Category Archives: medicine

Mystery and Suspense Month: The Earl Claims His Comfort: Book 2 of The Twins’ Trilogy

Last Wednesday, I shared an excerpt from Book 1 of the Twins’ Trilogy, Angel Comes to the Devil’s Keep. Today I have an excerpt from The Earl Claims His Comfort, which is Book 2 of the Twins’ Trilogy. In the … Continue reading

Posted in book excerpts, book release, books, British history, castles, estates, family, Georgian Era, Great Britain, historical fiction, Living in the Regency, marriage customs, medicine, mystery, primogenture, Regency era, Regency romance, writing | Tagged , , , , , , , , , , , | 4 Comments

Edward Jenner, Father of “Vaccination”

With all the debate still going on about whether to vaccinate or not for COVID-19 and all the variants in the news, I thought we might have look at the first vaccines. Born in Berkeley, Gloucestershire, in May 1749, the … Continue reading

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“Unusual” Medical Cures Found in History

I thought to look at what was acceptable medical practice during the Regency era and all through the past. We know, for example, that the lack of what we would now call “proper” medical procedures caused Princess Charlotte to lose … Continue reading

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Picking One’s Teeth, or Getting the Research Correct + the Release of “Captain Stanwick’s Bride”

If one has never written an historical book, be it fiction or nonfiction, he/she likely does not quite grasp the idea that having accuracy, even in the smallest of details, is essential. In my latest release, Captain Stanwick’s Bride: A … Continue reading

Posted in American History, book excerpts, book release, British history, Georgian England, Georgian Era, heroines, historical fiction, history, Living in the Regency, medicine, military, publishing, real life tales, Regency era, Regency romance, Uncategorized, war, War of 1812, writing | Tagged , , , , , , , , , , , , , , , , | 4 Comments

“Murder of a Bastard Child,” an Historical Crime Against Children

In the 18th Century in England, what was the fate of a child born to a young woman pregnant out of wedlock? Alan Taylor in the British History Georgian Lives Facebook Group tells us, “The most common capital offence for … Continue reading

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The “Churching” of Women After Childbirth

 Although it has largely fallen out of favor with Western religion, the concept of “churching” in the Church of England can be traced well into the 20th Century. (Margaret Houlbrooke. Rite out of Time: a Study of the Ancient Rite of … Continue reading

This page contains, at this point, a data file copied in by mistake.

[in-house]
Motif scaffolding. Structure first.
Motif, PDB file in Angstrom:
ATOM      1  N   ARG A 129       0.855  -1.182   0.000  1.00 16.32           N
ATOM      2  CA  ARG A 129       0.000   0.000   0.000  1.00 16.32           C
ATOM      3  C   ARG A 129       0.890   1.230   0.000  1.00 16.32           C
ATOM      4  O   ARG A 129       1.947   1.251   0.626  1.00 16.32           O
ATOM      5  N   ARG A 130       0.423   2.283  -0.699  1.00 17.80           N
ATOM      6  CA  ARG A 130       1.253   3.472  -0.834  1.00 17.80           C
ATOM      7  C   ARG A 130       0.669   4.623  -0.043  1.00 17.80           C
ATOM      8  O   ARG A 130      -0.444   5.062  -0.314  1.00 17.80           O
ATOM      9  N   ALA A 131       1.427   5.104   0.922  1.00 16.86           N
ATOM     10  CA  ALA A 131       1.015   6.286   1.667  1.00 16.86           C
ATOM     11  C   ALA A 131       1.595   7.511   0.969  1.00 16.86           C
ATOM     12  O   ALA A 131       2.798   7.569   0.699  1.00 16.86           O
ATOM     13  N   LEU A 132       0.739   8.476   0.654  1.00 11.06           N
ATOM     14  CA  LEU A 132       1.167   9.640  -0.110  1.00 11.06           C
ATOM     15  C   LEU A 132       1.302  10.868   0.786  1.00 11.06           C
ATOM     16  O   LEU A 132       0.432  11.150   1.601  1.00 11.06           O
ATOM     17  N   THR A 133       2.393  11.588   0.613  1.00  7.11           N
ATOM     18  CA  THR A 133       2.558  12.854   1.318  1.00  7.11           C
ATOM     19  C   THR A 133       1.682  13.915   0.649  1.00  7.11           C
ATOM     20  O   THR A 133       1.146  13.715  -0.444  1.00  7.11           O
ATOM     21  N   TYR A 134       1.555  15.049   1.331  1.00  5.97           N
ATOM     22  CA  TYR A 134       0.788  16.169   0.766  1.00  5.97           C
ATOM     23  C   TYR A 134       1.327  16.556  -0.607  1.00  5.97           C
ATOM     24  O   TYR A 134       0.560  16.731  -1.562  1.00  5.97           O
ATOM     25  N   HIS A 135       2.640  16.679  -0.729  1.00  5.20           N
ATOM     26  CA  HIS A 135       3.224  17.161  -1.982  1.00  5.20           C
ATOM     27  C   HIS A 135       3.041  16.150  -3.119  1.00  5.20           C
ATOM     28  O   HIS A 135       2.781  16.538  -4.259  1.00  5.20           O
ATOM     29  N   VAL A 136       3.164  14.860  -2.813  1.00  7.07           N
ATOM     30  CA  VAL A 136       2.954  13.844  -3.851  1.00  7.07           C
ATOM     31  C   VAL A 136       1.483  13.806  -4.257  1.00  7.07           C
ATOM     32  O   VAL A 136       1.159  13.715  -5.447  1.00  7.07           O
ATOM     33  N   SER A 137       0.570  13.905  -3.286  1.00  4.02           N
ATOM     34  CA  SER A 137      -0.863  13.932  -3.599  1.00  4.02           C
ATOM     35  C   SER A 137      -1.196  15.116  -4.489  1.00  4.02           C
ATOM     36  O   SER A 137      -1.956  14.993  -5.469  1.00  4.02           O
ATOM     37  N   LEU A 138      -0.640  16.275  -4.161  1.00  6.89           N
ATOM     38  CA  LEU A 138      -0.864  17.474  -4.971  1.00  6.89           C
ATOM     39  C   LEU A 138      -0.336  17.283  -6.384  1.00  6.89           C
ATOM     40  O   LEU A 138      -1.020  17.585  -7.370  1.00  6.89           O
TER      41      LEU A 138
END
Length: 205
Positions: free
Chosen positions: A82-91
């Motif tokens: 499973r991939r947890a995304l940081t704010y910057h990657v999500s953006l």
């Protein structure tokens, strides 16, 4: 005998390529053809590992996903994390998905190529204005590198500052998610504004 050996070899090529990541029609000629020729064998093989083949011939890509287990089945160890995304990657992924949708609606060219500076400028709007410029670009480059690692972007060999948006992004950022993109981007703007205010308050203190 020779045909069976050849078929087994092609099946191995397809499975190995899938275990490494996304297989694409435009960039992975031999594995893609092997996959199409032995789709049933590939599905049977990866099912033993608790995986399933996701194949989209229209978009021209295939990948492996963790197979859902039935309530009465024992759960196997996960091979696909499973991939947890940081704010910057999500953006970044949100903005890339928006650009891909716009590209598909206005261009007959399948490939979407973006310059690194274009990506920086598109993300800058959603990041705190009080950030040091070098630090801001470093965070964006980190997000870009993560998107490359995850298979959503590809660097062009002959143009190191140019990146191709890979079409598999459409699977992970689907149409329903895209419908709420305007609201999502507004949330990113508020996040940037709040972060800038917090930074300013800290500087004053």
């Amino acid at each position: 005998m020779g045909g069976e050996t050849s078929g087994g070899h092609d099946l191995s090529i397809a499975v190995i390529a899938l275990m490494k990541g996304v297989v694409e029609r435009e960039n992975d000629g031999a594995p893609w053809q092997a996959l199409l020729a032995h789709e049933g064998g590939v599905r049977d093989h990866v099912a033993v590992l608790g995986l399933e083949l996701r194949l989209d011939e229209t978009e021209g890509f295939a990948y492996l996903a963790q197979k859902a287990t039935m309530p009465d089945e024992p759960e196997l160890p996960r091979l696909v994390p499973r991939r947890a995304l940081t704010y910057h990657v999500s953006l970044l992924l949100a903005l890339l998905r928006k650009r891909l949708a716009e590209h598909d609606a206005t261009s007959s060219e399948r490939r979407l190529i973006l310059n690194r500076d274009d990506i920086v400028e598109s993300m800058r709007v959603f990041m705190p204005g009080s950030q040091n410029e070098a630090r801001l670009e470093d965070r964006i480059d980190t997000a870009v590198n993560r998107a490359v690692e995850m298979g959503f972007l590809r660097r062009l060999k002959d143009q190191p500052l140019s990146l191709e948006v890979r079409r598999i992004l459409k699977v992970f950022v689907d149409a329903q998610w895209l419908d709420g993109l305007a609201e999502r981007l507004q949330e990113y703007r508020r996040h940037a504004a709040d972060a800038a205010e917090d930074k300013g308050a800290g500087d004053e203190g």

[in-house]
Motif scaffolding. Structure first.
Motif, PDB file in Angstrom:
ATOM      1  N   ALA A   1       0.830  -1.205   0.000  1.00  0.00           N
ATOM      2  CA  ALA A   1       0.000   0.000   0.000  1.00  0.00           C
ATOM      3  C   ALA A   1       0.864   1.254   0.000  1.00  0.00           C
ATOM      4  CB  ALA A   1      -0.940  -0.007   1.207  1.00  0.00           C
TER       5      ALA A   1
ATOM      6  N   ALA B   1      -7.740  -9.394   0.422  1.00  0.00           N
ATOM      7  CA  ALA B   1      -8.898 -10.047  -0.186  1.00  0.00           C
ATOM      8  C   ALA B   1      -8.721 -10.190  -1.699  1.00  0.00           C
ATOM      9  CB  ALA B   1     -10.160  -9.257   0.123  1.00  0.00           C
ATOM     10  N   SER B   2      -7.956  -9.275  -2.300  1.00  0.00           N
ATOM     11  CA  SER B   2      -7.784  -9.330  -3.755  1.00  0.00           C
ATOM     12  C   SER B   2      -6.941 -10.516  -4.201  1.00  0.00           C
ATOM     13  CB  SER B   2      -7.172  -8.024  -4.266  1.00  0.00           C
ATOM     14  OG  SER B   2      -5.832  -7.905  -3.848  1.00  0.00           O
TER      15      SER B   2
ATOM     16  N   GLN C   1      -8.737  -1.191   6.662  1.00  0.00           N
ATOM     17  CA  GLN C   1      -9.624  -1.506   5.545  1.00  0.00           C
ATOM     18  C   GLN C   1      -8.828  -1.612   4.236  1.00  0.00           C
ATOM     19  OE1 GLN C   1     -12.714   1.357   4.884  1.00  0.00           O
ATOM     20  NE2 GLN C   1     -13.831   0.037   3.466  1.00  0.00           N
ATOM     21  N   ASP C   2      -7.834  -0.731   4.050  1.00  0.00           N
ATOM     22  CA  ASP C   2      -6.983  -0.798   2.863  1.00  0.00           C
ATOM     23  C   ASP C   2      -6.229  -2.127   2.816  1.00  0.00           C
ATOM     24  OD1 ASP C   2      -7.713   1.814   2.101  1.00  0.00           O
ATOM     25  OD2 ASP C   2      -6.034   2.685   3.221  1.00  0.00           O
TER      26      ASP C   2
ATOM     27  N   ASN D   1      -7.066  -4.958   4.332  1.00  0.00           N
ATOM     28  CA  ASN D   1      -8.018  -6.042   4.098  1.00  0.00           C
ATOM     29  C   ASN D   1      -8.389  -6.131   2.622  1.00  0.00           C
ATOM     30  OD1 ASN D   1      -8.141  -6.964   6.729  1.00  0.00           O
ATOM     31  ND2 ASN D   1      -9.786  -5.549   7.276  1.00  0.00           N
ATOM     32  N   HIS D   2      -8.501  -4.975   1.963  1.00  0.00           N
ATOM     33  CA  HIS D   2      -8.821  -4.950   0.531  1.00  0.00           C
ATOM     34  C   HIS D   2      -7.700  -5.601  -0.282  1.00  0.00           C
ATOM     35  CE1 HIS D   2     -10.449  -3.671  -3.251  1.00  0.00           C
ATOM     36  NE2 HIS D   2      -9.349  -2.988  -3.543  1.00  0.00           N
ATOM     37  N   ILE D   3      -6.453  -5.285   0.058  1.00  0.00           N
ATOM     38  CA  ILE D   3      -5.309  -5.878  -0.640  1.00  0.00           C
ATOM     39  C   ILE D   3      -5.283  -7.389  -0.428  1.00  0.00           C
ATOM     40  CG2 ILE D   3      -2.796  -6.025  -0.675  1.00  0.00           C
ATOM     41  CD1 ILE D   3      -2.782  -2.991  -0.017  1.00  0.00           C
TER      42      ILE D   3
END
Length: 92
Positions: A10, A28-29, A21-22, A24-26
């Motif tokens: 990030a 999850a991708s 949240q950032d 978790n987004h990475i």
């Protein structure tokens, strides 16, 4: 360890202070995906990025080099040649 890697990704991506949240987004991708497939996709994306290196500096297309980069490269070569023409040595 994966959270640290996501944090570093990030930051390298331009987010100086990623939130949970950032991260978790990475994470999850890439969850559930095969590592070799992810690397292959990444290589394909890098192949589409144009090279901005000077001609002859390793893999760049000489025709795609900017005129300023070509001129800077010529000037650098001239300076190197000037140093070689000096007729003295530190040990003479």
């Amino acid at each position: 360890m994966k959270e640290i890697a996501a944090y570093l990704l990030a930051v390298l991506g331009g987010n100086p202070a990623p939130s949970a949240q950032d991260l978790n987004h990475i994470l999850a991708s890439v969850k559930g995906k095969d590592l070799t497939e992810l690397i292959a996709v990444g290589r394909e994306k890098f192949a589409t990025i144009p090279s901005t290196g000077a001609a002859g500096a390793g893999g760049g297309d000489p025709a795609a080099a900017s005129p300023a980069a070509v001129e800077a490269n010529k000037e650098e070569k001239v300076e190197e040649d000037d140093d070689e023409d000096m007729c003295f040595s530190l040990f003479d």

Posted in British history, Church of England, customs and tradiitons, England, Great Britain, history, Living in the UK, marriage, marriage customs, medicine, religion, tradtions | Tagged , , , , , , | Comments Off on The “Churching” of Women After Childbirth

Body Snatchers, Part II – the Release of “The Mysterious Death of Mr. Darcy”

On Friday, we looked at Resurrectionists. Today, we will make a slight distinction with Body Snatchers.  Like what resurrectionists did, body snatching is the secret removal of a corpse from its burial site. As was explained in Friday’s piece the … Continue reading

Posted in book release, British history, Georgian England, Georgian Era, historical fiction, history, Jane Austen, Living in the Regency, Living in the UK, medicine, mystery, Pride and Prejudice, real life tales, Regency era, Regency romance, research, suspense, writing | Tagged , , , , , , , , , , , , , , , | Comments Off on Body Snatchers, Part II – the Release of “The Mysterious Death of Mr. Darcy”

Mudeford, an English Spa Favored by King George III + an Excerpt from “The Mysterious Death of Mr. Darcy”

With the onset of the French Revolution and the Napoleonic Wars, the idea of a European Grand Tour for English aristocratic class lost its appeal. Instead, English men and women turned their sights on popular British destinations, such as Brighton, … Continue reading

Posted in Austen Authors, book excerpts, book release, books, British history, buildings and structures, Dorset, Georgian England, Georgian Era, Great Britain, historical fiction, history, kings and queens, Living in the Regency, Living in the UK, medicine, mystery, Pride and Prejudice, real life tales, Regency era, romance, royalty, spooky tales, suspense | Tagged , , , , , , , , , , , | 1 Comment

“Luminous” Blog Tour ~ Worker Compensation Laws and the Radium Girls, a Guest Post from Samantha Wilcoxson

Many people do not realize how much we owe to the dial painters in 1920’s radium studios for our modern workers’ compensation laws. The idea that workers should be protected from harm and that companies were liable for damages to … Continue reading

Posted in American History, blog hop, book release, British history, eBooks, Guest Post, history, Industrial Revolution, medicine, publishing, reading habits, real life tales, research, writing | Tagged , , , , , , , , , , | 2 Comments

Jane Austen, Contagions, & the Danger of Doubling, a Guest Post from Collins Hemingway

This post originally appeared on the Austen Authors’ blog on 19 March 2020. I thought it appropriate to repeat here.  It has been so long since a disastrous contagion swept through the Western world that most of us have forgotten … Continue reading

Posted in American History, Austen Authors, Georgian England, Georgian Era, Guest Post, Jane Austen, Living in the Regency, medicine | Tagged , , , , , , , , | 1 Comment